Mary T. Barra, the chief executive of General Motors, said the company is “on track” to roll out a ride-sharing service in 2019 that would rely on autonomous vehicles, a development that would advance the already-heated race to bring a self-driving car to market.
“We’re on track, with our rate of learning, to be able to do that next year,” Ms. Barra said at DealBook’s Playing for the Long Term conference. She added that the company had a strategy to show how its vehicles are safer than human drivers. The vehicles can currently run safely at speeds of up to about 30 miles per hour, and the service will be limited to a small geographical area, Ms. Barra said.
Limiting cars to 30 mph/48 km/h seems like a smart trick to limit the potential for injuries. I’m guessing there will also be safety drivers and/or remote operators, although that isn’t specified in the article.
Interesting tidbit on lidar range:
G.M. is focused on advancements to lidar, which will drive down costs and enable the vehicles to travel at higher speeds, she said.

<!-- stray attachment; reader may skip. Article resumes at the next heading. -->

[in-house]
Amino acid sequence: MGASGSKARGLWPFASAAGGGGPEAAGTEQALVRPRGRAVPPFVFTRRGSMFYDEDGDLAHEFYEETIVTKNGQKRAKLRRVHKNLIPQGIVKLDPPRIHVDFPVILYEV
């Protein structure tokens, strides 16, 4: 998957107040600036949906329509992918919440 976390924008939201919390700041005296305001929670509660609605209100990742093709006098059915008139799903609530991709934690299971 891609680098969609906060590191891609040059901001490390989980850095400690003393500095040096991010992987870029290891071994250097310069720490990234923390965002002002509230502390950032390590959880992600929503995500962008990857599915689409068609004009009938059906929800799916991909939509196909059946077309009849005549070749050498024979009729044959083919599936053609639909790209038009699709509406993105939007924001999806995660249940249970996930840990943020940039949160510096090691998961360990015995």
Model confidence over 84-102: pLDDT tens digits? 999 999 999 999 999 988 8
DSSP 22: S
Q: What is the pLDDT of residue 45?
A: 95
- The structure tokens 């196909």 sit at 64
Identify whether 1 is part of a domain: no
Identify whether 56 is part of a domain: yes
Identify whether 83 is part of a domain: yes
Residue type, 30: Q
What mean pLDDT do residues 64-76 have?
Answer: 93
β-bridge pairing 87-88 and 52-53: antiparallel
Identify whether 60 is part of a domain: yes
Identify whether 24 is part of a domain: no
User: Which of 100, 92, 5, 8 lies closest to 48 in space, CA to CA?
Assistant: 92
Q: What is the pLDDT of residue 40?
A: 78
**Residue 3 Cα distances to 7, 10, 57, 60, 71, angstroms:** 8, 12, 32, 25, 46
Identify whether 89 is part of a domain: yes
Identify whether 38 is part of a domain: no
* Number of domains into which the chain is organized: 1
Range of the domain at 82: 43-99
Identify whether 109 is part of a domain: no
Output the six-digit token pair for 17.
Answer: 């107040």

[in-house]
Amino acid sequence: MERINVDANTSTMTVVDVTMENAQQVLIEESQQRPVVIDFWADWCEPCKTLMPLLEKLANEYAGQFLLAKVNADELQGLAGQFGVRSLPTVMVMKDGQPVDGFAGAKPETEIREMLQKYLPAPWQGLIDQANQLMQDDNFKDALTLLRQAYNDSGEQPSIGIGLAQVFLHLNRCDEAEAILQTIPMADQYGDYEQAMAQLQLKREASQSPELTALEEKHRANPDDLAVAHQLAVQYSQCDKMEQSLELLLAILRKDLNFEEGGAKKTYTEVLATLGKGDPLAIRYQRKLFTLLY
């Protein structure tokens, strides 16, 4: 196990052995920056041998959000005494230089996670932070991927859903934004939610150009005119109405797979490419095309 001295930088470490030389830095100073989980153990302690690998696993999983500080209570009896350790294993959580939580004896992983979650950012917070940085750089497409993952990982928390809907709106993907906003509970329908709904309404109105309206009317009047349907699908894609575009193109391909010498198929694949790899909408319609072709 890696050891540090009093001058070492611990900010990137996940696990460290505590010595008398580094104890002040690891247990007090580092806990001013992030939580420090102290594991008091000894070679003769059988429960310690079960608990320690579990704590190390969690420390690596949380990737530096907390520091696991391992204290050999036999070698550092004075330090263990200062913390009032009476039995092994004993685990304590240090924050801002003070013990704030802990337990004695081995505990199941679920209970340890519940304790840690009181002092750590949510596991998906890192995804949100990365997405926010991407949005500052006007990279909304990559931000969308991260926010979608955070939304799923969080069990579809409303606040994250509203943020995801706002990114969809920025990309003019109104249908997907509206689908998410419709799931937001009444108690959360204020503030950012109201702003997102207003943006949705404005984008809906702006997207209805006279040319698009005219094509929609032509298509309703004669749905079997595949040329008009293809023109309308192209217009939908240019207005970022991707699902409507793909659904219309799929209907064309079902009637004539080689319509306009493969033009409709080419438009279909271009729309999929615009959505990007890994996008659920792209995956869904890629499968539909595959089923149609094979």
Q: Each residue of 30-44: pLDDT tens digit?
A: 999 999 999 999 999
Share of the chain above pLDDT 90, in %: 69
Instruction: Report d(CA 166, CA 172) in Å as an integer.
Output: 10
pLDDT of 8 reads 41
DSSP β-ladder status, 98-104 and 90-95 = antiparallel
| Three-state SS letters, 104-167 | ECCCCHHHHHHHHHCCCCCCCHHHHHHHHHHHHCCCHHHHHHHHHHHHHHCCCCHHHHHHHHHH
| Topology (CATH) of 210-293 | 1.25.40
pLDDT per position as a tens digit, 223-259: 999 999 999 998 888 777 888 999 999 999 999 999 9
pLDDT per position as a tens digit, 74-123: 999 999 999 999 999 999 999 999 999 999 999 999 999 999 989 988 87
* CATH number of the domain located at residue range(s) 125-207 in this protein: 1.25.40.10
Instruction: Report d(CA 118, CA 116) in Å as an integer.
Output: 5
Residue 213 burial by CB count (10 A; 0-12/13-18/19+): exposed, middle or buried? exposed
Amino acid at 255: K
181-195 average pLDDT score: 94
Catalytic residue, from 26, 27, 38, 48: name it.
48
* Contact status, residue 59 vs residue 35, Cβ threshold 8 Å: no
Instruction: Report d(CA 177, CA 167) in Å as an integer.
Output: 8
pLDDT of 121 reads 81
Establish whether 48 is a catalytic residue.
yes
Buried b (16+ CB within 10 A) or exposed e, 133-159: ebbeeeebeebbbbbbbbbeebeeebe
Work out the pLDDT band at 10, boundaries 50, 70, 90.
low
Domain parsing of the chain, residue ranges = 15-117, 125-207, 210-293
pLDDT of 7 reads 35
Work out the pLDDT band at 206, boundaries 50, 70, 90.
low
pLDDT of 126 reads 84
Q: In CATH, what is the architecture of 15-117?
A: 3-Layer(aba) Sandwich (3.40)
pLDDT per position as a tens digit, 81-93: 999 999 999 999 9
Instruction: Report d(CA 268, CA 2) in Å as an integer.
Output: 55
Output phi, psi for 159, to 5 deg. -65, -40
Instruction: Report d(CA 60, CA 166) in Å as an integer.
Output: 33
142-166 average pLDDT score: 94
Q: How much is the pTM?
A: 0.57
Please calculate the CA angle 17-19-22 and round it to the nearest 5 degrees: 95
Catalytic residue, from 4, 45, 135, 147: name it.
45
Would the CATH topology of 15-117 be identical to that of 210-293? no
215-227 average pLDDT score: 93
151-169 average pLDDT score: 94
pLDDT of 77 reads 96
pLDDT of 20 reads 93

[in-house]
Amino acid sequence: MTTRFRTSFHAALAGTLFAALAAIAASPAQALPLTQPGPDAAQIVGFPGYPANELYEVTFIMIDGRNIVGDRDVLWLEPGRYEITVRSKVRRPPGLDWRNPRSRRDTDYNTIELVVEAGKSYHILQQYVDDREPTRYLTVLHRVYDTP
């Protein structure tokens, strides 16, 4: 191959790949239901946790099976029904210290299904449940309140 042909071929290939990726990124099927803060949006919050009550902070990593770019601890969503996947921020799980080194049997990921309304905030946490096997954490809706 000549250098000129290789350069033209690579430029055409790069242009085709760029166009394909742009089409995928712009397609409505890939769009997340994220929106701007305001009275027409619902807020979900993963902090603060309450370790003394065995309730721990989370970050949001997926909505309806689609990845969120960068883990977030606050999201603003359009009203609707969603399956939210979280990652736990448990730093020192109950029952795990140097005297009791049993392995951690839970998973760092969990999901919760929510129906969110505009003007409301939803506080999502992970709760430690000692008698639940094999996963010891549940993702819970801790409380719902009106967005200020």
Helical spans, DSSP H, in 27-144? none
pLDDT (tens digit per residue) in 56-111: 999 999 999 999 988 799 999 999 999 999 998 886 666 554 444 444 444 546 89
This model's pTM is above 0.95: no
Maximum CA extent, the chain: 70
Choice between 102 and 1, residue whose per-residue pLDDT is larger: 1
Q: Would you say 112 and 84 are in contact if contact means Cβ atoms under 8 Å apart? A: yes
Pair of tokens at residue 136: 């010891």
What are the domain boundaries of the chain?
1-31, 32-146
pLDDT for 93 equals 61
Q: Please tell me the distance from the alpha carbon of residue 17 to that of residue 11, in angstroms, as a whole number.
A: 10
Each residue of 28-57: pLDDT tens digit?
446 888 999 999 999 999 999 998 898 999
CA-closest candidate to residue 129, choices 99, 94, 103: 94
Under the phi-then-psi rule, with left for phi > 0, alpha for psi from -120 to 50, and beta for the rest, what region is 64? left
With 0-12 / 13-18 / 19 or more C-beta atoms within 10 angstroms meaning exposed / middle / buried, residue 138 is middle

One of the problems with most of the lidar units currently available — even some of the expensive ones — is that they are either low-range, low-resolution, or both.
At 113 km/h (70 mph), it takes 91.4 metres to physically stop while driving on wet asphalt or concrete, plus 31.4 metres for every second of reaction time. With a reaction time of 1.0 seconds, that’s 123 metres total to stop. So if your lidar’s range is 120 metres, that leaves you with very little margin for error in terms of reaction time.